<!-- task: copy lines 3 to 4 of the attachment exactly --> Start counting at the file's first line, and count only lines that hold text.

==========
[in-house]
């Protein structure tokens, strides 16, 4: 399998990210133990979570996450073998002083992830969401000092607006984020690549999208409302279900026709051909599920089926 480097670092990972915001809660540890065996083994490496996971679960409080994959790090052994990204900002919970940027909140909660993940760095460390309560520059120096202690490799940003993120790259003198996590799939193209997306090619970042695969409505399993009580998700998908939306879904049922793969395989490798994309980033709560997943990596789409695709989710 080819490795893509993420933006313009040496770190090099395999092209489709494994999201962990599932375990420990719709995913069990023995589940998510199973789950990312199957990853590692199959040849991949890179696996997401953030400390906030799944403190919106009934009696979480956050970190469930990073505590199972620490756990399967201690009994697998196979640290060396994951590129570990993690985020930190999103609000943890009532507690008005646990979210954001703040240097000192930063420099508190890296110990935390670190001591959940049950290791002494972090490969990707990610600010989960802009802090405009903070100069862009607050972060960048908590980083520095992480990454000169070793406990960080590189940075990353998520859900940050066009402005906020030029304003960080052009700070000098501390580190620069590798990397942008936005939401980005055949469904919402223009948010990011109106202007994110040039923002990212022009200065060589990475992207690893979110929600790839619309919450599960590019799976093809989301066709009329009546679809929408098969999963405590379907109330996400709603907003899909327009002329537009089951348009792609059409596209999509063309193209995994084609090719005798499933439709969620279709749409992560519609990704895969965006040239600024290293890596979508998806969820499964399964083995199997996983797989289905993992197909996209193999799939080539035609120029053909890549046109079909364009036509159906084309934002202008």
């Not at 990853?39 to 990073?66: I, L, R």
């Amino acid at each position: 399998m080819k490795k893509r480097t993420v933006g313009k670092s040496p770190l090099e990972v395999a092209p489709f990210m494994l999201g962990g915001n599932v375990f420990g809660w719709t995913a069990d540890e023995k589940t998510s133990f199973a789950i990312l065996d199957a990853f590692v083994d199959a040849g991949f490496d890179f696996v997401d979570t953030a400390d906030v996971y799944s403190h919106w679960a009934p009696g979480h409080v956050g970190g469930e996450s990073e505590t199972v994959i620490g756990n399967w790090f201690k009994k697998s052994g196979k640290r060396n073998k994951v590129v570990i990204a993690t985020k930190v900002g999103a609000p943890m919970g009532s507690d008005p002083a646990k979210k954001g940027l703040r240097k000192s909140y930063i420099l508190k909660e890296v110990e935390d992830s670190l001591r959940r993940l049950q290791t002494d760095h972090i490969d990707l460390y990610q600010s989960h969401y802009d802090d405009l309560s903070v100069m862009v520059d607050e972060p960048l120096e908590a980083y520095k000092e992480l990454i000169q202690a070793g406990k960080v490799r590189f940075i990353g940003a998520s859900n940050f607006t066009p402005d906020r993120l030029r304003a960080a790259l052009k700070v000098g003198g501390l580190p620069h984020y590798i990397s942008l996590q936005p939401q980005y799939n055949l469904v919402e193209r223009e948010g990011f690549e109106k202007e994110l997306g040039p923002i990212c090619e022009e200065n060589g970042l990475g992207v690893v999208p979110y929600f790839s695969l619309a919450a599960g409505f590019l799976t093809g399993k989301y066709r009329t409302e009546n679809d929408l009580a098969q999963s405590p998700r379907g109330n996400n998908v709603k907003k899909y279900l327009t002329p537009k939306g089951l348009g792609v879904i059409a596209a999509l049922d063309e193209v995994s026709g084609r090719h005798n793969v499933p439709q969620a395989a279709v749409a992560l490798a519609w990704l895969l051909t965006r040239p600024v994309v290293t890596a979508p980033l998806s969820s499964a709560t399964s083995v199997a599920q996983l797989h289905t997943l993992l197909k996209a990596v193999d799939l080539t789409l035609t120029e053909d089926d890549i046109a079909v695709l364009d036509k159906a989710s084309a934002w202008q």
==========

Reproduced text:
């Not at 990853?39 to 990073?66: I, L, R």
């Amino acid at each position: 399998m080819k490795k893509r480097t993420v933006g313009k670092s040496p770190l090099e990972v395999a092209p489709f990210m494994l999201g962990g915001n599932v375990f420990g809660w719709t995913a069990d540890e023995k589940t998510s133990f199973a789950i990312l065996d199957a990853f590692v083994d199959a040849g991949f490496d890179f696996v997401d979570t953030a400390d906030v996971y799944s403190h919106w679960a009934p009696g979480h409080v956050g970190g469930e996450s990073e505590t199972v994959i620490g756990n399967w790090f201690k009994k697998s052994g196979k640290r060396n073998k994951v590129v570990i990204a993690t985020k930190v900002g999103a609000p943890m919970g009532s507690d008005p002083a646990k979210k954001g940027l703040r240097k000192s909140y930063i420099l508190k909660e890296v110990e935390d992830s670190l001591r959940r993940l049950q290791t002494d760095h972090i490969d990707l460390y990610q600010s989960h969401y802009d802090d405009l309560s903070v100069m862009v520059d607050e972060p960048l120096e908590a980083y520095k000092e992480l990454i000169q202690a070793g406990k960080v490799r590189f940075i990353g940003a998520s859900n940050f607006t066009p402005d906020r993120l030029r304003a960080a790259l052009k700070v000098g003198g501390l580190p620069h984020y590798i990397s942008l996590q936005p939401q980005y799939n055949l469904v919402e193209r223009e948010g990011f690549e109106k202007e994110l997306g040039p923002i990212c090619e022009e200065n060589g970042l990475g992207v690893v999208p979110y929600f790839s695969l619309a919450a599960g409505f590019l799976t093809g399993k989301y066709r009329t409302e009546n679809d929408l009580a098969q999963s405590p998700r379907g109330n996400n998908v709603k907003k899909y279900l327009t002329p537009k939306g089951l348009g792609v879904i059409a596209a999509l049922d063309e193209v995994s026709g084609r090719h005798n793969v499933p439709q969620a395989a279709v749409a992560l490798a519609w990704l895969l051909t965006r040239p600024v994309v290293t890596a979508p980033l998806s969820s499964a709560t399964s083995v199997a599920q996983l797989h289905t997943l993992l197909k996209a990596v193999d799939l080539t789409l035609t120029e053909d089926d890549i046109a079909v695709l364009d036509k159906a989710s084309a934002w202008q």